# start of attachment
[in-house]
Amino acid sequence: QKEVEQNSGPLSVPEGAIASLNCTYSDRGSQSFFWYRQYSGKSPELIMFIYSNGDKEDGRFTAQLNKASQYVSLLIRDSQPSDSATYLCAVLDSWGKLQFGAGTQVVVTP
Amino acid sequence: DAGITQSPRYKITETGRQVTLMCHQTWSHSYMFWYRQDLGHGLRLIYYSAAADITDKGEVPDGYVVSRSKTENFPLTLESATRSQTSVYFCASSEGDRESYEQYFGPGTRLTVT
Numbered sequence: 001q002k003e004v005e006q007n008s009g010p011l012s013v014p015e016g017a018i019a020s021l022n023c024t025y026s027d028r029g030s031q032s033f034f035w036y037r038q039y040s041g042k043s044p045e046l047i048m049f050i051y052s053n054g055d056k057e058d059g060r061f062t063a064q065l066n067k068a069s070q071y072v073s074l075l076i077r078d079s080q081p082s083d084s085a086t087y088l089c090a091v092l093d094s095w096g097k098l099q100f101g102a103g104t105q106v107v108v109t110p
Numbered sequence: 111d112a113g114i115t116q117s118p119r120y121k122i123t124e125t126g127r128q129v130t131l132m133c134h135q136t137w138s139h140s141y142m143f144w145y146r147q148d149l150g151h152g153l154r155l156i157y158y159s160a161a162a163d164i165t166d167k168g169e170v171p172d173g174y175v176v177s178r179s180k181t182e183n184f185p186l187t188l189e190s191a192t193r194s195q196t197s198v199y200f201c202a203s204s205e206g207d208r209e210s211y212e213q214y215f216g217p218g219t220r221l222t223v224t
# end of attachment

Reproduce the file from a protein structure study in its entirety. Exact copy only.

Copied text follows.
[in-house]
Amino acid sequence: QKEVEQNSGPLSVPEGAIASLNCTYSDRGSQSFFWYRQYSGKSPELIMFIYSNGDKEDGRFTAQLNKASQYVSLLIRDSQPSDSATYLCAVLDSWGKLQFGAGTQVVVTP
Amino acid sequence: DAGITQSPRYKITETGRQVTLMCHQTWSHSYMFWYRQDLGHGLRLIYYSAAADITDKGEVPDGYVVSRSKTENFPLTLESATRSQTSVYFCASSEGDRESYEQYFGPGTRLTVT
Numbered sequence: 001q002k003e004v005e006q007n008s009g010p011l012s013v014p015e016g017a018i019a020s021l022n023c024t025y026s027d028r029g030s031q032s033f034f035w036y037r038q039y040s041g042k043s044p045e046l047i048m049f050i051y052s053n054g055d056k057e058d059g060r061f062t063a064q065l066n067k068a069s070q071y072v073s074l075l076i077r078d079s080q081p082s083d084s085a086t087y088l089c090a091v092l093d094s095w096g097k098l099q100f101g102a103g104t105q106v107v108v109t110p
Numbered sequence: 111d112a113g114i115t116q117s118p119r120y121k122i123t124e125t126g127r128q129v130t131l132m133c134h135q136t137w138s139h140s141y142m143f144w145y146r147q148d149l150g151h152g153l154r155l156i157y158y159s160a161a162a163d164i165t166d167k168g169e170v171p172d173g174y175v176v177s178r179s180k181t182e183n184f185p186l187t188l189e190s191a192t193r194s195q196t197s198v199y200f201c202a203s204s205e206g207d208r209e210s211y212e213q214y215f216g217p218g219t220r221l222t223v224t